keywords = "Amino acids, Antioxidants, Concentration, Contamination, Hydrogen peroxide, Nutrition, Pediatrics, Photodecomposition, Riboflavin, Sodium metabisulfite, Stability",
author = "Vince Brawley and Bhatia, {Jatinder J} and Karp, {Warren B.}",
year = "1998",
month = "6",
day = "15",
language = "English (US)",
volume = "55",
pages = "1288--1292",
journal = "American Journal of Health-System Pharmacy",
issn = "1079-2082",
publisher = "American Society of Health-Systems Pharmacy",
number = "12",

}

TY - JOUR

T1 - Effect of sodium metabisulfite on hydrogen peroxide production in light- exposed pediatric parenteral amino acid solutions

AU - Brawley, Vince

AU - Bhatia, Jatinder J

AU - Karp, Warren B.

PY - 1998/6/15

Y1 - 1998/6/15

N2 - The effect of sodium metabisulfite (MBS) on hydrogen peroxide (HP) production in model and commercial amino acid solutions exposed to phototherapy light was studied. Model and commercial pediatric amino acid solutions were prepared such that the amino acid concentration was 1%. MBS concentration, riboflavin concentration, and duration of exposure to phototherapy light were varied to determine the effect on HP production. Control solutions were kept in the dark. HP production was assayed in the model amino acid solutions by using potassium iodide in the presence of ammonium molybdate. In all experiments, HP production was measured at 360 nm in the presence and absence of catalase. In light-exposed solutions, HP production increased linearly for several hours and reached a plateau by eight hours. A mean maximum of 940 μM was produced (data pooled for all solutions). No detectable HP was generated in the solutions kept in the dark. After two hours of light exposure, it was necessary to add at least 10 times more MBS than is typically found in commercial total parenteral nutrient solutions to scavenge all the HP produced. An average of up to 940 μM of HP was produced in model and commercial pediatric parenteral 1% amino acid solutions in the presence of phototherapy light and clinically relevant concentrations of riboflavin and MBS. Light exposure decreased the anti- oxidant effect of MBS.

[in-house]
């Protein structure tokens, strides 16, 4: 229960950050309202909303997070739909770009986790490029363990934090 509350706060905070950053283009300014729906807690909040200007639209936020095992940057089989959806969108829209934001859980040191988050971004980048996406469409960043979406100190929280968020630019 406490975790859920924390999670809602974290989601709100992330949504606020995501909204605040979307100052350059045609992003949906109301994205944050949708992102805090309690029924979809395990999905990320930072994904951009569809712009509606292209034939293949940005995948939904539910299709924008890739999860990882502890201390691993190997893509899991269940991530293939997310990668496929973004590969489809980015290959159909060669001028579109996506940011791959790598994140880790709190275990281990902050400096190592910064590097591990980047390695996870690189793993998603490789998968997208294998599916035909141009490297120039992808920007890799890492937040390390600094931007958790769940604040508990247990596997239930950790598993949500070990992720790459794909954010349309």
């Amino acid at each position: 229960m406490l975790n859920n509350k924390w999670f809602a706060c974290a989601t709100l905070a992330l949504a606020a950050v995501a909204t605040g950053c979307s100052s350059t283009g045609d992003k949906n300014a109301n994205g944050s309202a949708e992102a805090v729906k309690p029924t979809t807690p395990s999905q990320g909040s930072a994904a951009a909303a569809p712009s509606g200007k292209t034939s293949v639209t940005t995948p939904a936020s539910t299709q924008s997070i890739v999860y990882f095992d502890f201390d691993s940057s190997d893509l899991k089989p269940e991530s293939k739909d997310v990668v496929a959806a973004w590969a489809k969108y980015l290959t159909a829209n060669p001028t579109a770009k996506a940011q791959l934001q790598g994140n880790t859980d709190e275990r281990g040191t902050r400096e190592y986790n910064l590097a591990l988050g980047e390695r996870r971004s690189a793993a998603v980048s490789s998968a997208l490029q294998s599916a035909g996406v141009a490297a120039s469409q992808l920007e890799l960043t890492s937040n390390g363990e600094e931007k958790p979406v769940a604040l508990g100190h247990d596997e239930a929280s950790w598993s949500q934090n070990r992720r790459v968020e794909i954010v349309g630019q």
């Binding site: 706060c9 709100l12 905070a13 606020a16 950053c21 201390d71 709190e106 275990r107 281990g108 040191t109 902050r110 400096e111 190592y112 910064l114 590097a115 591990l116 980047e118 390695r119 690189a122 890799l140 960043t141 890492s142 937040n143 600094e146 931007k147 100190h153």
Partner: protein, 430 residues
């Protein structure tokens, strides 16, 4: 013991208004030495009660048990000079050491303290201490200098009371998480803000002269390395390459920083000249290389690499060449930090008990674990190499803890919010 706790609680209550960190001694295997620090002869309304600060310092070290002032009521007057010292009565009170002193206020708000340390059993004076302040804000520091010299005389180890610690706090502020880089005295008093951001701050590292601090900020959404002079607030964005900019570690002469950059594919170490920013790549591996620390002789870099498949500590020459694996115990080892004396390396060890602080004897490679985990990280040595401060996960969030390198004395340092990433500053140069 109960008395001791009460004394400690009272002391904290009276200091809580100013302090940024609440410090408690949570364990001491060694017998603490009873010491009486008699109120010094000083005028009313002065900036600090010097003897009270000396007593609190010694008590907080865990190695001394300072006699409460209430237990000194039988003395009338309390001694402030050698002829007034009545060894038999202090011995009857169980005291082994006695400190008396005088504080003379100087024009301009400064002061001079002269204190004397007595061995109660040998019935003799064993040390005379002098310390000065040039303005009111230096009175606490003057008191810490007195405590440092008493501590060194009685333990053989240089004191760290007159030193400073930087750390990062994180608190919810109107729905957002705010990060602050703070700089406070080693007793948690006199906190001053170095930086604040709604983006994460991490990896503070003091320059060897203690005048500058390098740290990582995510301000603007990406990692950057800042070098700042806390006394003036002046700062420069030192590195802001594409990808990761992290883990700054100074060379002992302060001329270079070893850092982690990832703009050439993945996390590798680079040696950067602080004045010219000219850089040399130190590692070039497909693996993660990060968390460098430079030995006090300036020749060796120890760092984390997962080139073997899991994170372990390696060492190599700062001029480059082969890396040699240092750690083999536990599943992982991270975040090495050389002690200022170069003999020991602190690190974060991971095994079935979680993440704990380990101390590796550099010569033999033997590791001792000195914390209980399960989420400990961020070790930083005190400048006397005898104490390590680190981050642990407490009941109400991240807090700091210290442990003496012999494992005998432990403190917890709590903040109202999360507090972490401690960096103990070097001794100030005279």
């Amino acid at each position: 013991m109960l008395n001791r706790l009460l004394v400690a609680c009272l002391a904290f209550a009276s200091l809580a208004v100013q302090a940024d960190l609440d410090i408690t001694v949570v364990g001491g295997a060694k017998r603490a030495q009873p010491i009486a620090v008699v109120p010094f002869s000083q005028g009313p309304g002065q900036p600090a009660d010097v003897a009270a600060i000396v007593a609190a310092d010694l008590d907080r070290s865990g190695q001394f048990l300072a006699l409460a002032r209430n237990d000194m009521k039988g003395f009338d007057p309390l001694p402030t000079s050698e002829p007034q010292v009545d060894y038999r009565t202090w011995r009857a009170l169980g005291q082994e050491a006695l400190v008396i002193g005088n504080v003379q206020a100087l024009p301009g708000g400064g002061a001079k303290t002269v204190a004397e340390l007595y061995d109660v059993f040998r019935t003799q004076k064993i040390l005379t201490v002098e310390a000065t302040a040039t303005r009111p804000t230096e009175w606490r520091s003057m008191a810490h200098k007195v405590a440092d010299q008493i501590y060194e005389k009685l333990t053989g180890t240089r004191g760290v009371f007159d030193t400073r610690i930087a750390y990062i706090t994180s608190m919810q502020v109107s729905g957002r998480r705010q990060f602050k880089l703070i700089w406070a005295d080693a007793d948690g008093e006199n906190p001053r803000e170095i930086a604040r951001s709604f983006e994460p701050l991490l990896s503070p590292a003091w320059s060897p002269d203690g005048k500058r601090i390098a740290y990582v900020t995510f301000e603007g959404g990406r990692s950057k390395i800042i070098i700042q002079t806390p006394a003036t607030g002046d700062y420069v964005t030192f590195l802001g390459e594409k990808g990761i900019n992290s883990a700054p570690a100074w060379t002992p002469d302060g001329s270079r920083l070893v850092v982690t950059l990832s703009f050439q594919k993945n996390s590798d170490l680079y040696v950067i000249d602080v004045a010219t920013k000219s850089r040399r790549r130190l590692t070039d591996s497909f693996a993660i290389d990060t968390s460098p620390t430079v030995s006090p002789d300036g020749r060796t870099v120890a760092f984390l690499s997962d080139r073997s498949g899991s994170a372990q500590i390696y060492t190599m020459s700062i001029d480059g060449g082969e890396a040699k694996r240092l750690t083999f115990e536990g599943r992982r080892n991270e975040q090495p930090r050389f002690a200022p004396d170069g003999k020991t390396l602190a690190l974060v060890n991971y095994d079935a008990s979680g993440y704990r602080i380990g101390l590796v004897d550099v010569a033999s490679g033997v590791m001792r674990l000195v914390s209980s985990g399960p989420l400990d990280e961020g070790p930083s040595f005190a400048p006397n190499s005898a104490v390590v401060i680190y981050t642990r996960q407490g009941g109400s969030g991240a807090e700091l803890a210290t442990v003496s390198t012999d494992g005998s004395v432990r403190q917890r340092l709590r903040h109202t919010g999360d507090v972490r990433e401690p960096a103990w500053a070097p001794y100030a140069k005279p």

AB - The effect of sodium metabisulfite (MBS) on hydrogen peroxide (HP) production in model and commercial amino acid solutions exposed to phototherapy light was studied. Model and commercial pediatric amino acid solutions were prepared such that the amino acid concentration was 1%. MBS concentration, riboflavin concentration, and duration of exposure to phototherapy light were varied to determine the effect on HP production. Control solutions were kept in the dark. HP production was assayed in the model amino acid solutions by using potassium iodide in the presence of ammonium molybdate. In all experiments, HP production was measured at 360 nm in the presence and absence of catalase. In light-exposed solutions, HP production increased linearly for several hours and reached a plateau by eight hours. A mean maximum of 940 μM was produced (data pooled for all solutions). No detectable HP was generated in the solutions kept in the dark. After two hours of light exposure, it was necessary to add at least 10 times more MBS than is typically found in commercial total parenteral nutrient solutions to scavenge all the HP produced. An average of up to 940 μM of HP was produced in model and commercial pediatric parenteral 1% amino acid solutions in the presence of phototherapy light and clinically relevant concentrations of riboflavin and MBS. Light exposure decreased the anti- oxidant effect of MBS.

KW - Amino acids

KW - Antioxidants

KW - Concentration

KW - Contamination

KW - Hydrogen peroxide

KW - Nutrition

KW - Pediatrics

KW - Photodecomposition

KW - Riboflavin

KW - Sodium metabisulfite

KW - Stability

UR - http://www.scopus.com/inward/record.url?scp=0032526722&partnerID=8YFLogxK

UR - http://www.scopus.com/inward/citedby.url?scp=0032526722&partnerID=8YFLogxK

M3 - Article

VL - 55

SP - 1288

EP - 1292

JO - American Journal of Health-System Pharmacy

JF - American Journal of Health-System Pharmacy

SN - 1079-2082

IS - 12

ER -